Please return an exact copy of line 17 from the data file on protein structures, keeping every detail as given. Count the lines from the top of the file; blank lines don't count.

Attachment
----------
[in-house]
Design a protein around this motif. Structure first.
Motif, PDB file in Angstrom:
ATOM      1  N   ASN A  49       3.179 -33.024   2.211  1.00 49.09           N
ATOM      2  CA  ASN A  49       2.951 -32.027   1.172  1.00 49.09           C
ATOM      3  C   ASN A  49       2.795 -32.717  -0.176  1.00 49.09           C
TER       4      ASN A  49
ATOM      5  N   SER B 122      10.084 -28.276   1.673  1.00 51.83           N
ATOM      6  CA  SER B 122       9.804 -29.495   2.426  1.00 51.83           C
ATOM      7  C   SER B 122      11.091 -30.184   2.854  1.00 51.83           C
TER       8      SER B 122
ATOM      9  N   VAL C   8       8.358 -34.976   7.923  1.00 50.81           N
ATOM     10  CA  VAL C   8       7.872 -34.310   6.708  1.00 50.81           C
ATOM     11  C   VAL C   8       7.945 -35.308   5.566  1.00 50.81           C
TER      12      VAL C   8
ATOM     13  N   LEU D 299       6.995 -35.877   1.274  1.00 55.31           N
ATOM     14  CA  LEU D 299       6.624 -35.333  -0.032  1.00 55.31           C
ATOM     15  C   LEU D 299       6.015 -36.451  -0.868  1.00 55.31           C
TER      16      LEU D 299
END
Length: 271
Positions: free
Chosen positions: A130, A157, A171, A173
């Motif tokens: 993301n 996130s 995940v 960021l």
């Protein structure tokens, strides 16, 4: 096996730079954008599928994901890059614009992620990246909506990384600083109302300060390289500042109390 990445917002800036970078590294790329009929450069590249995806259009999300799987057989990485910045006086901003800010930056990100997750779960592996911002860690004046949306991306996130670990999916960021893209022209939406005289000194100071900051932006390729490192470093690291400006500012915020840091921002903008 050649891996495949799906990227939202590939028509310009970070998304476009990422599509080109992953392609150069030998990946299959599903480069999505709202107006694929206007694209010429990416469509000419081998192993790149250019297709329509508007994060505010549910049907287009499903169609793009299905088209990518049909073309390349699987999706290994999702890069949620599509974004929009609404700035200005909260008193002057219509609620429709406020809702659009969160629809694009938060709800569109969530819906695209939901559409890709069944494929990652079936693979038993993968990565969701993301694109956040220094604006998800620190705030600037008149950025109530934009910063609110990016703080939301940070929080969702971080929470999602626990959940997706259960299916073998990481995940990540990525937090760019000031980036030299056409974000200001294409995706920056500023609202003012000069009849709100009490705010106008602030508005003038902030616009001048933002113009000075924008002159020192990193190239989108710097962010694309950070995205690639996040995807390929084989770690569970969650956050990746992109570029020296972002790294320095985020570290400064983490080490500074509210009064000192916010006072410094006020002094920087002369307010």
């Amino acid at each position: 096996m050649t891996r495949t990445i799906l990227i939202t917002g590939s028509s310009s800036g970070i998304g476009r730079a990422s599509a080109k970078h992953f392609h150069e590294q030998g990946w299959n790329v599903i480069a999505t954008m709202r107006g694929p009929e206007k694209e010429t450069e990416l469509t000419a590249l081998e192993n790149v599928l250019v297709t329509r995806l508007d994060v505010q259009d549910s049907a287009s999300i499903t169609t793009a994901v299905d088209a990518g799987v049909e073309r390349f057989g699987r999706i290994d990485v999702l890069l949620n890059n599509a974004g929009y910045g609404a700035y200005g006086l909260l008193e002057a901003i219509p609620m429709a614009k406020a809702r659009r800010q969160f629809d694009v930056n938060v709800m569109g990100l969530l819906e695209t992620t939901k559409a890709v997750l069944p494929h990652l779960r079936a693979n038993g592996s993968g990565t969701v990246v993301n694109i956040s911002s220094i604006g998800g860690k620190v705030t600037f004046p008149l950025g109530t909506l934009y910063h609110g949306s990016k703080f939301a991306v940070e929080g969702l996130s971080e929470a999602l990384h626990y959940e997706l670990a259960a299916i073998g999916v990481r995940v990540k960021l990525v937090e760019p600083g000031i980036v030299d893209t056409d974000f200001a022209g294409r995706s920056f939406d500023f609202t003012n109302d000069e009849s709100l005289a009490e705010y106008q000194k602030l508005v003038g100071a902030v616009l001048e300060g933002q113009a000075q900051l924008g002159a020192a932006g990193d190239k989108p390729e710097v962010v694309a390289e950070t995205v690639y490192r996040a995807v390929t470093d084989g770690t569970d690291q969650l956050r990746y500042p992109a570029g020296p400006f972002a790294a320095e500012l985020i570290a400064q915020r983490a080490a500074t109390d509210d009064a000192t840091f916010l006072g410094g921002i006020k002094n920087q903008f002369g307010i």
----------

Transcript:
ATOM     14  CA  LEU D 299       6.624 -35.333  -0.032  1.00 55.31           C